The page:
Thu | Sep 24, 2020

Public bodies to pilot test preferential procurement system

Published:Sunday | November 10, 2019 | 12:13 AMMcPherse Thompson - Assistant Editor – Business
Minister of Finance Nigel Clarke.
Minister of Finance Nigel Clarke.

The new procurement regime that is meant to give Jamaican suppliers a better fighting chance at winning public contracts will be put to the test, starting this week.

The Public Procurement (Domestic Margin of Preference) Order, a system designed to encourage the participation of Jamaican suppliers in public procurement and increase the capacity of local suppliers to compete for contracts for goods and services will be piloted in a subset of public bodies.

Finance and Planning Minister Dr Nigel Clarke said that based on the success of the piloted public bodies the order will then be expanded to the rest of the public sector.

The bodies engaged in the pilot were not named.

“We want to ensure that any inefficiencies in its application have been sorted out before we roll it out to the rest of the public bodies,” he told the Financial Gleaner.

The Domestic Margin of Preference is the application of a prescribed factor on the bid price of foreign bidders participating in international competitive bidding procedures. The application of that factor allows a national bidder to earn a government contract even if its bid price exceeds the bid price of a foreign bidder by up to 20 per cent, provided that the national bidder demonstrates that its supply will include at least 35 per cent domestic content.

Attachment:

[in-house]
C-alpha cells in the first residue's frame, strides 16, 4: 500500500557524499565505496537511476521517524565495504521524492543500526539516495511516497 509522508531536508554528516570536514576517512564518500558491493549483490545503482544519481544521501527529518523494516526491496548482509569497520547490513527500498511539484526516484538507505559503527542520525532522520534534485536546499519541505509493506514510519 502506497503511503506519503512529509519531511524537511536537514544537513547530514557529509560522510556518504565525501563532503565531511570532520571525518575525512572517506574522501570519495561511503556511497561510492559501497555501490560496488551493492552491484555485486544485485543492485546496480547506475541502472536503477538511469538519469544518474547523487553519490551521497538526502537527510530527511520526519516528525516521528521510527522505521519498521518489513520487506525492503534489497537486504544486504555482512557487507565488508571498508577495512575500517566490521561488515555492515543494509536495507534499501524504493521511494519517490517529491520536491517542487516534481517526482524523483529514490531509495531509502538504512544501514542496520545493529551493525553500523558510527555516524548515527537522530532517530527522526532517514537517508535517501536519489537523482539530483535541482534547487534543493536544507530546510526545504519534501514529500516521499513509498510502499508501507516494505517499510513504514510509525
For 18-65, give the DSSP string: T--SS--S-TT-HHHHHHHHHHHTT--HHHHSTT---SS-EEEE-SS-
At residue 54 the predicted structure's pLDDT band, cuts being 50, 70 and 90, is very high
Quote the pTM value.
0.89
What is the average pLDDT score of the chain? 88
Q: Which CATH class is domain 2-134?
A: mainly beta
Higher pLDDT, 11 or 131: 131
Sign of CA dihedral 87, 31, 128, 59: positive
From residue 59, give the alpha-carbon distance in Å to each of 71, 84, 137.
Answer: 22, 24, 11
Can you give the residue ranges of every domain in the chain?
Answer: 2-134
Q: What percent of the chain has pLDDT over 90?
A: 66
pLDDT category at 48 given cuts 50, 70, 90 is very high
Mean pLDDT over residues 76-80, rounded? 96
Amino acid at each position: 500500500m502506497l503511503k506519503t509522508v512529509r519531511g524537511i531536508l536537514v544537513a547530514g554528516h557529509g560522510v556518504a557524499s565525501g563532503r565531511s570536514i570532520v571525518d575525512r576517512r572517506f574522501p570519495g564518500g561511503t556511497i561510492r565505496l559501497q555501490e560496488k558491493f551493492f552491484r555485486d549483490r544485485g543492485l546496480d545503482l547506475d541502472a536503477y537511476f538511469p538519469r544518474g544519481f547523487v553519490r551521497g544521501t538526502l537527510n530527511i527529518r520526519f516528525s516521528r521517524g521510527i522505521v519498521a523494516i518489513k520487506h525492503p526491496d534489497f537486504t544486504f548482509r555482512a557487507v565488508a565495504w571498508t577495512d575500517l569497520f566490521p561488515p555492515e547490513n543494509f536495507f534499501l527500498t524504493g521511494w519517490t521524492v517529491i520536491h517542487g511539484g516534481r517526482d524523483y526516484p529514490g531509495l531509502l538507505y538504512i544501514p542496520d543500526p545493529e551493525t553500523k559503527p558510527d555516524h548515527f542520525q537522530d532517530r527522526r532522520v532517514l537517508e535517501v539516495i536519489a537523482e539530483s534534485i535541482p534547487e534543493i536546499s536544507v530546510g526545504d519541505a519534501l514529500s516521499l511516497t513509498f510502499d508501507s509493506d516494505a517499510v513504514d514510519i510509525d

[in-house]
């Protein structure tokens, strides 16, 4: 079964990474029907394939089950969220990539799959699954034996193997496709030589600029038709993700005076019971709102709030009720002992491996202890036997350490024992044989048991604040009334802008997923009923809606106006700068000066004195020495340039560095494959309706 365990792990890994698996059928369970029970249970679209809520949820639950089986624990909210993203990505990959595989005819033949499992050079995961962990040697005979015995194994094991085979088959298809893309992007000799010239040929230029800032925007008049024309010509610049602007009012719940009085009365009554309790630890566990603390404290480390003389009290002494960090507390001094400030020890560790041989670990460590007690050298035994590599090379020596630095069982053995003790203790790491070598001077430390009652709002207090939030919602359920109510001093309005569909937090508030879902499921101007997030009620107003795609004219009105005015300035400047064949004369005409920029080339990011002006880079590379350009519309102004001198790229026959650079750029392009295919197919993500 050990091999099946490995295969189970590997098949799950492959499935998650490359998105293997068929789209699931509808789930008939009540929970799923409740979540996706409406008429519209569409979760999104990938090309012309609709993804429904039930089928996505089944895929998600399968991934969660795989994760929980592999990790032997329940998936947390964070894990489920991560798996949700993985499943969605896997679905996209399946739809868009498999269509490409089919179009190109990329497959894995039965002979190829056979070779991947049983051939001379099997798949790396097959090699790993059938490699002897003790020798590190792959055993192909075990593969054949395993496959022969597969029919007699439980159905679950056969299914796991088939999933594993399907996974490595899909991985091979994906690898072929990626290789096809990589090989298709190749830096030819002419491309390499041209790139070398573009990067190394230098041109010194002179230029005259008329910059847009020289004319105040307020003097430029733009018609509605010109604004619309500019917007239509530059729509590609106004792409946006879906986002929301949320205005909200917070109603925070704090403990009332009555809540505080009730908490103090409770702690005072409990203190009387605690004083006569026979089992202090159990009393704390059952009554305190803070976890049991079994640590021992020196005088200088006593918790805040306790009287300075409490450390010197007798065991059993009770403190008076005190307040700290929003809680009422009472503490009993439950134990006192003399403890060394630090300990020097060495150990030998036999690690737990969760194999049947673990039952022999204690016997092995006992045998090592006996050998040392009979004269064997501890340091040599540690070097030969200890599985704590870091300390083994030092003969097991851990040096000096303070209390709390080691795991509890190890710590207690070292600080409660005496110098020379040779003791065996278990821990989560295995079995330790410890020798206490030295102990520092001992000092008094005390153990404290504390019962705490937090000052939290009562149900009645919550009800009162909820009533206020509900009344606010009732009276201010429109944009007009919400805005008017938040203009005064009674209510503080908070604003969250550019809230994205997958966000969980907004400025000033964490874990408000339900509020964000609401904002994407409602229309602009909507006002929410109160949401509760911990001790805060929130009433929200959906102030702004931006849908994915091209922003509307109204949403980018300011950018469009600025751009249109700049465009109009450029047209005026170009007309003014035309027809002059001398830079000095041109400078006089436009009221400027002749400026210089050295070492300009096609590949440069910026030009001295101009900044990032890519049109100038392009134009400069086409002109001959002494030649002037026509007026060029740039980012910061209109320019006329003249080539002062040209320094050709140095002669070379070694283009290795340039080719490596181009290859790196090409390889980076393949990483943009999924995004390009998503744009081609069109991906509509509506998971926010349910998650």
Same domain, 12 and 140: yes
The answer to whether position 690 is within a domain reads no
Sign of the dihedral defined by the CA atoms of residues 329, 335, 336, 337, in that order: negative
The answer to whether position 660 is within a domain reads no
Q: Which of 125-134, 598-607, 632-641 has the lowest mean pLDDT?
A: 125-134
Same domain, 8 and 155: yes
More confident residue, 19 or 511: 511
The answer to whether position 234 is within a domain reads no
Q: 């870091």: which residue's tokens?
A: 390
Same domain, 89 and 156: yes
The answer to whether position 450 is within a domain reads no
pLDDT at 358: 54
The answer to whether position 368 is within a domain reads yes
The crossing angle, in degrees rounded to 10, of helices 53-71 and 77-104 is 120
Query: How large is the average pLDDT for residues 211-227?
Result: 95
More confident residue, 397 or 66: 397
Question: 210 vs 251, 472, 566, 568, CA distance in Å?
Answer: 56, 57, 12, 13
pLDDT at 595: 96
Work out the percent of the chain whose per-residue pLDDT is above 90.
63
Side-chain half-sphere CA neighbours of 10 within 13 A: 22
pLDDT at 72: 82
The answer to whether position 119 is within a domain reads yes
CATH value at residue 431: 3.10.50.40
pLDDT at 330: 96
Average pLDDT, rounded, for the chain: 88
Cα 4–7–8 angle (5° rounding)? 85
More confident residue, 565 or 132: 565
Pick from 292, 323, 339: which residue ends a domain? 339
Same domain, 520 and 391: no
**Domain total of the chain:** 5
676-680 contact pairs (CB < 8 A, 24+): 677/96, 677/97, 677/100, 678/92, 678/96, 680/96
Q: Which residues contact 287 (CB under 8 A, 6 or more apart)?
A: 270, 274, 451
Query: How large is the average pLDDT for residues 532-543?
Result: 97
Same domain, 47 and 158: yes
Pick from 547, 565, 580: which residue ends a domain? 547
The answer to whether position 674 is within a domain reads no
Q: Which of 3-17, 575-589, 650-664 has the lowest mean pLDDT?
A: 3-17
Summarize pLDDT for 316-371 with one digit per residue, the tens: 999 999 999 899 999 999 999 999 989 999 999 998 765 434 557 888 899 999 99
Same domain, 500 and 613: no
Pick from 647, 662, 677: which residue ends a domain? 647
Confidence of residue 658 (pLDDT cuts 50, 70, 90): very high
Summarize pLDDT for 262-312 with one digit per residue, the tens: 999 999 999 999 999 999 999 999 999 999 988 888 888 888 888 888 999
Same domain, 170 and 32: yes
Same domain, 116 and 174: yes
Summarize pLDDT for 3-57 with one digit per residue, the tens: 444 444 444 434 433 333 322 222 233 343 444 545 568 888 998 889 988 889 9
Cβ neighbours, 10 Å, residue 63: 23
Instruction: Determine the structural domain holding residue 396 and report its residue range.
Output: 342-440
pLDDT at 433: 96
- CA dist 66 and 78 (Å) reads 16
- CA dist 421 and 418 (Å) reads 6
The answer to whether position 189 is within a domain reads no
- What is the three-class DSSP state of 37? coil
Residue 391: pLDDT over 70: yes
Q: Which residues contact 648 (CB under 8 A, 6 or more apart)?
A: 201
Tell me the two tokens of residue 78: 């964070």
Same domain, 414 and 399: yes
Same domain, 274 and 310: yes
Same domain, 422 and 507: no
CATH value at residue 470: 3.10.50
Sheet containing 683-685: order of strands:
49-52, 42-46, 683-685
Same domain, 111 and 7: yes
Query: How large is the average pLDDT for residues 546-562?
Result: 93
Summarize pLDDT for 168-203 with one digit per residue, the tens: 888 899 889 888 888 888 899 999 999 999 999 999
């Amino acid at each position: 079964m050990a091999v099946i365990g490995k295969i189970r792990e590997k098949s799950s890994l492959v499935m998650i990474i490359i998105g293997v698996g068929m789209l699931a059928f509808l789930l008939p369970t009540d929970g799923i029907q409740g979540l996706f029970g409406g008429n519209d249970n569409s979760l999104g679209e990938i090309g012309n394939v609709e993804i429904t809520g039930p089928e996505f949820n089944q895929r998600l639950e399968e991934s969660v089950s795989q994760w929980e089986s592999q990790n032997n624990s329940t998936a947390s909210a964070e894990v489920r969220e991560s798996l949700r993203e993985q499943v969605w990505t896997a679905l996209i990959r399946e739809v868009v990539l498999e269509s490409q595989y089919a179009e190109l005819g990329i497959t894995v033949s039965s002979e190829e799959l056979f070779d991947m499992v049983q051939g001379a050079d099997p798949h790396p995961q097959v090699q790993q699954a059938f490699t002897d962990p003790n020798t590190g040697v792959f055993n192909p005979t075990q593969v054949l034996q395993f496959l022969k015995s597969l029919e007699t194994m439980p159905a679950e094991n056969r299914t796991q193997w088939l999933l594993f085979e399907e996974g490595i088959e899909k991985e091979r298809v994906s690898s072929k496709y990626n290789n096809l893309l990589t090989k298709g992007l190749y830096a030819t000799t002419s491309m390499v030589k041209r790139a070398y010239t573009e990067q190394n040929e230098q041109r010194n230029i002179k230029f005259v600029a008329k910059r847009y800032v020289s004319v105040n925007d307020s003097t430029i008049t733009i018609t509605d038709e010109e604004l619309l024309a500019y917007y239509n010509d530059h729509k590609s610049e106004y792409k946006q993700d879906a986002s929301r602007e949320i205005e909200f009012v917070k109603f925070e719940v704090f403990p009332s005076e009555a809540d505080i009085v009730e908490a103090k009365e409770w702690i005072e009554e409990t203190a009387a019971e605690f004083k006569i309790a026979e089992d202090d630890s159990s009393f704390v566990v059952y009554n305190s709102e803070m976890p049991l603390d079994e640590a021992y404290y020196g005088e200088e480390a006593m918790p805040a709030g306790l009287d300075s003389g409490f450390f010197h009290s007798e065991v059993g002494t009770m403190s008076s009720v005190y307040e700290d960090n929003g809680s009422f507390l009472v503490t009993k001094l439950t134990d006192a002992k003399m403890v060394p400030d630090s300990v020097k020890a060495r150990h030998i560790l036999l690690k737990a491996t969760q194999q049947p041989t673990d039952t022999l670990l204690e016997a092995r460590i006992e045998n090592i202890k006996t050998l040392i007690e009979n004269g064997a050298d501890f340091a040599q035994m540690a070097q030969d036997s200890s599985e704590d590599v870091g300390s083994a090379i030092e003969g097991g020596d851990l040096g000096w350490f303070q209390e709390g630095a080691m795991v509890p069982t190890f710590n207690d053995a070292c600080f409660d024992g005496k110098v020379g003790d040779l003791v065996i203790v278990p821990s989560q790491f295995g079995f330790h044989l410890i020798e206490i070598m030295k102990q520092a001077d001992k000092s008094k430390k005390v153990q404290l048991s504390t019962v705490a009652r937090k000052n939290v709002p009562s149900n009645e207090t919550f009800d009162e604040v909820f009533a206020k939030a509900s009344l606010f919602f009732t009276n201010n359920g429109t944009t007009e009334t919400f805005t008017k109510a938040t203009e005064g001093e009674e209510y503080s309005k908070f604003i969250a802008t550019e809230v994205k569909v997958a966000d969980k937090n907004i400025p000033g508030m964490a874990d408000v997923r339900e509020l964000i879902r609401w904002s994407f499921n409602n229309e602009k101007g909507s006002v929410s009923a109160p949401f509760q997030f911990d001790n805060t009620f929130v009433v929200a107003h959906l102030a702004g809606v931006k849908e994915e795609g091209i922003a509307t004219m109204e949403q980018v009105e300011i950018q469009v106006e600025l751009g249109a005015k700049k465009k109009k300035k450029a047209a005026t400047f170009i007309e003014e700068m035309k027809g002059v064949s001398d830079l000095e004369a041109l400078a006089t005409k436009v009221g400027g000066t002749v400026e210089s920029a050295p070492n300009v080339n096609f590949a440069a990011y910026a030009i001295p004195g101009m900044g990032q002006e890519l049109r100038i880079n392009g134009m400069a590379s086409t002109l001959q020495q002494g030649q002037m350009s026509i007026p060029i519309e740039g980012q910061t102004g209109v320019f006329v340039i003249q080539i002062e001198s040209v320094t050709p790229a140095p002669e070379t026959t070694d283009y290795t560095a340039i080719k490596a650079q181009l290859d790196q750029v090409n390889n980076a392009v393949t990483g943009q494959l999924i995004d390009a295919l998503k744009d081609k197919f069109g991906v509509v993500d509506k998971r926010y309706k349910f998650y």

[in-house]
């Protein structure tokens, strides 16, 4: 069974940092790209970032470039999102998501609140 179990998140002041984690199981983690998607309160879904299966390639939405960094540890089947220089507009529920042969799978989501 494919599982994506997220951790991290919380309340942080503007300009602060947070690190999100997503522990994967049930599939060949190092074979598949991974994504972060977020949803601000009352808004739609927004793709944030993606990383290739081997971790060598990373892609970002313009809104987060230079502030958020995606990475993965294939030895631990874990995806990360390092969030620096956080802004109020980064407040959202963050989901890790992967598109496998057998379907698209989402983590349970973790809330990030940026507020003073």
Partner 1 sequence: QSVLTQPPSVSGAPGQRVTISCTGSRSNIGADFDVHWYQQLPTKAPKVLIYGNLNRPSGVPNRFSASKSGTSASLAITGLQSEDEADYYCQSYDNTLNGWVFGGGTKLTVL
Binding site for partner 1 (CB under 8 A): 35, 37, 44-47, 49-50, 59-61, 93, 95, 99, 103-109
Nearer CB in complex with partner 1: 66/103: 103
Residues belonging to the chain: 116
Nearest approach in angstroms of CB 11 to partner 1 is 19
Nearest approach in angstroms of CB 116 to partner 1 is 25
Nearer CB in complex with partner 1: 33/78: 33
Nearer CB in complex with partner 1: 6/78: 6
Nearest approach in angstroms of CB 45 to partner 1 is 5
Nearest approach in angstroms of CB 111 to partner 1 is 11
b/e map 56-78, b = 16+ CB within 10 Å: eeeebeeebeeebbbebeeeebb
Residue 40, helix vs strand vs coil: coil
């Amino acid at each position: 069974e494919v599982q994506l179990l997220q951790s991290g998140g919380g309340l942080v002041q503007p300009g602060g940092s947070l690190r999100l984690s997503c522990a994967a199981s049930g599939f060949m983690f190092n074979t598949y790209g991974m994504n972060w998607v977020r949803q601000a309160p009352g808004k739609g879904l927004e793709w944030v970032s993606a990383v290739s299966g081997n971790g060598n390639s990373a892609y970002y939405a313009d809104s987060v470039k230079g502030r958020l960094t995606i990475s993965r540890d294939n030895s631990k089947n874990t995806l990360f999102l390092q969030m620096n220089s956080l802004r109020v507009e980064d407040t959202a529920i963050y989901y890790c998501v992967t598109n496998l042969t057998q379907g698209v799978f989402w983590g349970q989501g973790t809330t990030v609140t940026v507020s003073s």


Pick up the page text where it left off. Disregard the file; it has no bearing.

The Trade Board, the entity designated to determine whether the 35 per cent threshold has been met, will issue guidelines as to how to make such a determination, said Minister Clarke.

He adds that not just raw material but also labour will go into the computation of the 35 per cent domestic content.

“Labour is a part of the 35 per cent local input. The determination will be made by the Trade Board, the entity that supplies certificates of origin in trade matters and the same methodology that they use there will be used here, the threshold though being 35 per cent. That will be applied to goods and services,” Clarke said.

He said, for example, that the way in which an entity might measures services provided, say, by a team of consultants, is to ascertain what proportion of the team consists of persons resident in Jamaica.

The same thing would be applicable to materials made in Jamaica.

“We are going to pilot it with a subset of public bodies to ensure that we gather feedback as to how it is working and how we can improve its implementation,” the finance minister said.

The order is applicable to public sector procurement, that is, for personnel at ministries, departments and agencies who have to procure goods and services on behalf of the government.

“It benefits the private sector in that it is the private sector which supplies the government, the largest single purchaser in the economy. The government is taking an approach to public procurement that considers developmental issues as well. While we aim to get the lowest prices we can’t pursue that at the expense of developing our own local capacity,” he added.